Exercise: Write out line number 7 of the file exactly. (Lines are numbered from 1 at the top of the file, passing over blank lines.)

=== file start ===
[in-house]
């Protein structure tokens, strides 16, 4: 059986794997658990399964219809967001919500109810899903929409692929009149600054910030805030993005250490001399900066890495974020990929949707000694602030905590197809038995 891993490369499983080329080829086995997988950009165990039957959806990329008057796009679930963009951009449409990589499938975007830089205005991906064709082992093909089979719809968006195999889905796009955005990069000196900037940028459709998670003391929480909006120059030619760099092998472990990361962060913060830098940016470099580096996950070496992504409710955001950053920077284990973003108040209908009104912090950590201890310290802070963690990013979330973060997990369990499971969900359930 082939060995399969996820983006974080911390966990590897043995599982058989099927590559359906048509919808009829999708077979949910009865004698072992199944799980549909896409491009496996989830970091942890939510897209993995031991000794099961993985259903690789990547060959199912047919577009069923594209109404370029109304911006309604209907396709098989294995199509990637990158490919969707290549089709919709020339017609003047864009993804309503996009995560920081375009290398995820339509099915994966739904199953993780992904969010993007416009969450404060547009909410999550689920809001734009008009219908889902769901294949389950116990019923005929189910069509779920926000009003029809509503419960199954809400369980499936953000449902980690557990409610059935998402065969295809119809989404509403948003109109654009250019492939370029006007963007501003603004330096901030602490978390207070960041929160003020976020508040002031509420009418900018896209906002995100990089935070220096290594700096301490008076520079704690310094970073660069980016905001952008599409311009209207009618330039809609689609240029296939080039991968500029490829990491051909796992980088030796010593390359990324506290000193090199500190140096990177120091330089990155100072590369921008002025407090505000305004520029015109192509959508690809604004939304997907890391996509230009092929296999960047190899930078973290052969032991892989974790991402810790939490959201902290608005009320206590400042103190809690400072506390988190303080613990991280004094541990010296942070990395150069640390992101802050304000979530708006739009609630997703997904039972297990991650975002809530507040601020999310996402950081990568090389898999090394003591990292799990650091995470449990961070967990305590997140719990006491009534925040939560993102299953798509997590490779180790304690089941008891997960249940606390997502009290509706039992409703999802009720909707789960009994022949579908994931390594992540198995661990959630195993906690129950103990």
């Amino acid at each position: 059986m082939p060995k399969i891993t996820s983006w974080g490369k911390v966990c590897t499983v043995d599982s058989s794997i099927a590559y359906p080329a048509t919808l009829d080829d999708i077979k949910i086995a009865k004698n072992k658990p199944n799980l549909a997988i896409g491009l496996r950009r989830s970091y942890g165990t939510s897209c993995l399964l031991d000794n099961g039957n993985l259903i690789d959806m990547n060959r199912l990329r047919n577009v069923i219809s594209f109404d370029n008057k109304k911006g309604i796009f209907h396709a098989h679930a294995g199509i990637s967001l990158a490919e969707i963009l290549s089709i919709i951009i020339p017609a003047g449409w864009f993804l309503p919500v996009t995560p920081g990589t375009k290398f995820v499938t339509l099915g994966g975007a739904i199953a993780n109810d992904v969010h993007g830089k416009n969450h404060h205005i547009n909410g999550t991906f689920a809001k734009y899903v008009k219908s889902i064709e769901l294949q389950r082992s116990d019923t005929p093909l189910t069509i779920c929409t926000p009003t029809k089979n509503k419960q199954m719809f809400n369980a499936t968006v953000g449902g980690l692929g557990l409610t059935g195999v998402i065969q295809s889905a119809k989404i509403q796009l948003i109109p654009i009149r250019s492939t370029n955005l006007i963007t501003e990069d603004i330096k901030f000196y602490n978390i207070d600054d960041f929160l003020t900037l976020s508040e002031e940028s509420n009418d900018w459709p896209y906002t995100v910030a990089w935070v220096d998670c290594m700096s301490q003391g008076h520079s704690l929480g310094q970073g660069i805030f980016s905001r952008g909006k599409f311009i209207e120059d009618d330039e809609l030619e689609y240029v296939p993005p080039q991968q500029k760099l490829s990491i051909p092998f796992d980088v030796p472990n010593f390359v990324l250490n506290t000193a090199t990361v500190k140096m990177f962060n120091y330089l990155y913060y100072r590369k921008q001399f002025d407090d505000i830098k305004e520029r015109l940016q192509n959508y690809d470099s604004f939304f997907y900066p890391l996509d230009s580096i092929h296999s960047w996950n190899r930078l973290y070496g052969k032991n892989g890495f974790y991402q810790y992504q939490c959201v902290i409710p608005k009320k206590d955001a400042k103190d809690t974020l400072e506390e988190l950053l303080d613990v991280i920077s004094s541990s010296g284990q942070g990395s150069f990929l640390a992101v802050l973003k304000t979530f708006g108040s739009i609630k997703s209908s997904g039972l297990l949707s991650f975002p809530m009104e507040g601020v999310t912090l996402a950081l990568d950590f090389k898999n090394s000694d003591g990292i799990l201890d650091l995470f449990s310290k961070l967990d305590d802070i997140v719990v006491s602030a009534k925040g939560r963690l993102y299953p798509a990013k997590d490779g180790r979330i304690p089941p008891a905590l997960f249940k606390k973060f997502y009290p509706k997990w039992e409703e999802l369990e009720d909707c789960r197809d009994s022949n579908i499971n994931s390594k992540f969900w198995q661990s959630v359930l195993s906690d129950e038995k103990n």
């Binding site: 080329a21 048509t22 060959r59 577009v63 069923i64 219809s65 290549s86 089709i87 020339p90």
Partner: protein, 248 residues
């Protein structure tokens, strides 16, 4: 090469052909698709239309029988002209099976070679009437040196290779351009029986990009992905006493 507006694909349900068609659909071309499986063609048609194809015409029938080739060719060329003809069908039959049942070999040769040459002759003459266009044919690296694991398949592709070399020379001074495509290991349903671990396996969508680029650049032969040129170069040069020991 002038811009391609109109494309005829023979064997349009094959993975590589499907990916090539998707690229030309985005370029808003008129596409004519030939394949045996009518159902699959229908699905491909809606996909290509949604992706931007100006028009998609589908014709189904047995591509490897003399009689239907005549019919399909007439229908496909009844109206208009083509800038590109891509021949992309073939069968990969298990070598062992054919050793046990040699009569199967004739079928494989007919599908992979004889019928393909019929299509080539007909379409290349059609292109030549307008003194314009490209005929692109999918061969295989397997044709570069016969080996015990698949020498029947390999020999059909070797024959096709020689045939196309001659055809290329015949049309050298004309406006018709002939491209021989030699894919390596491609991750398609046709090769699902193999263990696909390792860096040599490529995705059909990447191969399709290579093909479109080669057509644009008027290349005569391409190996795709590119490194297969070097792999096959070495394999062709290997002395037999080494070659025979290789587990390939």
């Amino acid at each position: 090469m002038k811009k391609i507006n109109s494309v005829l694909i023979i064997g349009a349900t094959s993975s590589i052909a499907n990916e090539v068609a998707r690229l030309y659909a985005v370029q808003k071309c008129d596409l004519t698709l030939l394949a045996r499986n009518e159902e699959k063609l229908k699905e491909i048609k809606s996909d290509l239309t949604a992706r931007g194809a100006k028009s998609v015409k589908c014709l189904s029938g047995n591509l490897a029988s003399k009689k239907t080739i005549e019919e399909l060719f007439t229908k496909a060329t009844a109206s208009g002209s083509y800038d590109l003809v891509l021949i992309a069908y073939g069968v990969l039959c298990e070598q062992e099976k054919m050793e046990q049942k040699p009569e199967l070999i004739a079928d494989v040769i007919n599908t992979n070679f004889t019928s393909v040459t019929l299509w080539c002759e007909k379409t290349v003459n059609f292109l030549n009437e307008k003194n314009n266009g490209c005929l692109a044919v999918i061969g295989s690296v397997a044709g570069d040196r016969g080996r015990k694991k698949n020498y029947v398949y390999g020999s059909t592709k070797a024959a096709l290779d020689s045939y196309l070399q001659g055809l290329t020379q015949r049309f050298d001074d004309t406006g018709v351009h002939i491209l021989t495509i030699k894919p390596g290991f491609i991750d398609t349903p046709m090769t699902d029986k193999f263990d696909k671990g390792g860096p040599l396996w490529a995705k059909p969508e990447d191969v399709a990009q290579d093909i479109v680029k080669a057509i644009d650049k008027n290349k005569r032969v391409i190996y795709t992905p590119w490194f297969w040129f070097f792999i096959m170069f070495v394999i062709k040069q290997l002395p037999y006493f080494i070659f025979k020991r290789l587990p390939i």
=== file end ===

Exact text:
């Amino acid at each position: 090469m002038k811009k391609i507006n109109s494309v005829l694909i023979i064997g349009a349900t094959s993975s590589i052909a499907n990916e090539v068609a998707r690229l030309y659909a985005v370029q808003k071309c008129d596409l004519t698709l030939l394949a045996r499986n009518e159902e699959k063609l229908k699905e491909i048609k809606s996909d290509l239309t949604a992706r931007g194809a100006k028009s998609v015409k589908c014709l189904s029938g047995n591509l490897a029988s003399k009689k239907t080739i005549e019919e399909l060719f007439t229908k496909a060329t009844a109206s208009g002209s083509y800038d590109l003809v891509l021949i992309a069908y073939g069968v990969l039959c298990e070598q062992e099976k054919m050793e046990q049942k040699p009569e199967l070999i004739a079928d494989v040769i007919n599908t992979n070679f004889t019928s393909v040459t019929l299509w080539c002759e007909k379409t290349v003459n059609f292109l030549n009437e307008k003194n314009n266009g490209c005929l692109a044919v999918i061969g295989s690296v397997a044709g570069d040196r016969g080996r015990k694991k698949n020498y029947v398949y390999g020999s059909t592709k070797a024959a096709l290779d020689s045939y196309l070399q001659g055809l290329t020379q015949r049309f050298d001074d004309t406006g018709v351009h002939i491209l021989t495509i030699k894919p390596g290991f491609i991750d398609t349903p046709m090769t699902d029986k193999f263990d696909k671990g390792g860096p040599l396996w490529a995705k059909p969508e990447d191969v399709a990009q290579d093909i479109v680029k080669a057509i644009d650049k008027n290349k005569r032969v391409i190996y795709t992905p590119w490194f297969w040129f070097f792999i096959m170069f070495v394999i062709k040069q290997l002395p037999y006493f080494i070659f025979k020991r290789l587990p390939i």